Image by Charlotte Hindle Getty Images
This museum is home to one of Diego Rivera’s most famous works, Sueño de una tarde dominical en la Alameda Central (Dream of a Sunday Afternoon in the Alameda Central), a 15m-long mural painted in 1947. Rivera imagined many of the figures who walked in the city from colonial times onward, among them Hernán Cortés, Benito Juárez, Porfirio Díaz and Francisco Madero.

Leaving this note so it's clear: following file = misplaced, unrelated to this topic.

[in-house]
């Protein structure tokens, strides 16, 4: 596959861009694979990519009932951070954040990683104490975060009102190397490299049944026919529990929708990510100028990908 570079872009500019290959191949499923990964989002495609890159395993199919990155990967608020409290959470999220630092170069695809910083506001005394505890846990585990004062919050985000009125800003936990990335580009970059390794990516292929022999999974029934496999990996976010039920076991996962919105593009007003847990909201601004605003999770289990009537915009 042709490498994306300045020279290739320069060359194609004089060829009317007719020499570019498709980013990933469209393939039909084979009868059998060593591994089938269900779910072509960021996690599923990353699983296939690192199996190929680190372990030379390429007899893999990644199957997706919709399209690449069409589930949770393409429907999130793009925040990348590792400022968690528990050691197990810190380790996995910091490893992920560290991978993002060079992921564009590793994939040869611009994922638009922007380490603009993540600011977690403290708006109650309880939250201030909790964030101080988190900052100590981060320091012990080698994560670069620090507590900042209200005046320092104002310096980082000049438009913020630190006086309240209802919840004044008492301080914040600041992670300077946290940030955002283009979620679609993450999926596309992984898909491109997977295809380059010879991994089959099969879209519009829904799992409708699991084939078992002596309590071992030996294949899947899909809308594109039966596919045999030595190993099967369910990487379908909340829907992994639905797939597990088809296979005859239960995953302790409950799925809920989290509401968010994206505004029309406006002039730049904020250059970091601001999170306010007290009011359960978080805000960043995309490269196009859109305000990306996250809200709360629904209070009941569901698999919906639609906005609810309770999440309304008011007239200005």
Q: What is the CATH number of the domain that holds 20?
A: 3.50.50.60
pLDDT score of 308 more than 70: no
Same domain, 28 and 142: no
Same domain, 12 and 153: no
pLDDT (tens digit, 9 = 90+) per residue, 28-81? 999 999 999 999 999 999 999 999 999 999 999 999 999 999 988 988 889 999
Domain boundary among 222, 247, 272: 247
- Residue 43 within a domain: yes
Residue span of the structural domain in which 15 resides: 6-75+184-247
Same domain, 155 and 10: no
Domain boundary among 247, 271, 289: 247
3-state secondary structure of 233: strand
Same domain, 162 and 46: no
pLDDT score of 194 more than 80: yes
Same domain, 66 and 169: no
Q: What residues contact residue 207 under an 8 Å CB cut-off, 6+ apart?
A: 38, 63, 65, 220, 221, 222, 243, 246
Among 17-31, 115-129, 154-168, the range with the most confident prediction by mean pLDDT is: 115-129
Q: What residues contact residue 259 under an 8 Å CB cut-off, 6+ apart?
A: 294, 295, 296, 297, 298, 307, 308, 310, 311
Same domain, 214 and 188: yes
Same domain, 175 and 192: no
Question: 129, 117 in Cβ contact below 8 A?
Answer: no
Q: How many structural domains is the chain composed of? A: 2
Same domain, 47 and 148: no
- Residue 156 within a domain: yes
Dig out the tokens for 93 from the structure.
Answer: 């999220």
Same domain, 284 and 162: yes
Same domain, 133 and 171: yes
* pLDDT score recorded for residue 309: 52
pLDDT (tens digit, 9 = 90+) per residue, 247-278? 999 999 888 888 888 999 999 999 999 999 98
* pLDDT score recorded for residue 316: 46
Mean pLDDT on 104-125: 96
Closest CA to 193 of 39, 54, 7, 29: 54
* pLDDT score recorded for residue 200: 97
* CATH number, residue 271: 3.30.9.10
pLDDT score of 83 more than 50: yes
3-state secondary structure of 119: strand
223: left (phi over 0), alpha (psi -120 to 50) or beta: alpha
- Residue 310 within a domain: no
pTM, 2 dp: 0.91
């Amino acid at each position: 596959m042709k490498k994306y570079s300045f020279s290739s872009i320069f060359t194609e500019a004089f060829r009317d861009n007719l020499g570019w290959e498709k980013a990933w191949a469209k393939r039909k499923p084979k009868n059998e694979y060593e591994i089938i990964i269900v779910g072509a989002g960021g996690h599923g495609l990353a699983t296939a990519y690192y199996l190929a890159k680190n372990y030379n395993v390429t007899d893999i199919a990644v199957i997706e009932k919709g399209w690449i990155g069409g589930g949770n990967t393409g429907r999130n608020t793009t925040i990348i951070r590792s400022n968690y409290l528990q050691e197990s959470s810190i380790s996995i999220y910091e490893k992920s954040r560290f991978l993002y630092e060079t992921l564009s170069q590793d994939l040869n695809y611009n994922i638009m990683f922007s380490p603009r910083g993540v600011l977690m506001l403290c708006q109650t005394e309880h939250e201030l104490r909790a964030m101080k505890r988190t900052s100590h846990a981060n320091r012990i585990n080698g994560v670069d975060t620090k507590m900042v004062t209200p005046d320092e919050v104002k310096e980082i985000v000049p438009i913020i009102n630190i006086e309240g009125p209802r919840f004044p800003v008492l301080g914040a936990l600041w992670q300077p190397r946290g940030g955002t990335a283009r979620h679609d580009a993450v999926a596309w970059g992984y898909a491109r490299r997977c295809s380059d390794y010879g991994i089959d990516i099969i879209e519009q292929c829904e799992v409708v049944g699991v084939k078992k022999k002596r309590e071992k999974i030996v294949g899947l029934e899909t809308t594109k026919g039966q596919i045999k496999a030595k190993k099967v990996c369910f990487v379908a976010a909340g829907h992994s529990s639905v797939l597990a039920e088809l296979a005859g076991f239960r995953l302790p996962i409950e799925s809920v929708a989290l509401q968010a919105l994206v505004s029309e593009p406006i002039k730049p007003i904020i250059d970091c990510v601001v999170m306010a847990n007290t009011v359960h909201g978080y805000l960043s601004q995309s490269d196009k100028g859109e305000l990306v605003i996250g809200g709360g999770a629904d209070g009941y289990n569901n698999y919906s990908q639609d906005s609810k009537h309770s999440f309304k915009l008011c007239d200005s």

All are grouped around a Catrina (skeleton in pre-revolutionary women’s garb). Rivera himself, as a pug-faced child, and Frida Kahlo stand beside the skeleton. Charts identify all the characters. The museum was built in 1986 to house the mural, after its original location, the Hotel del Prado, was wrecked by the 1985 earthquake.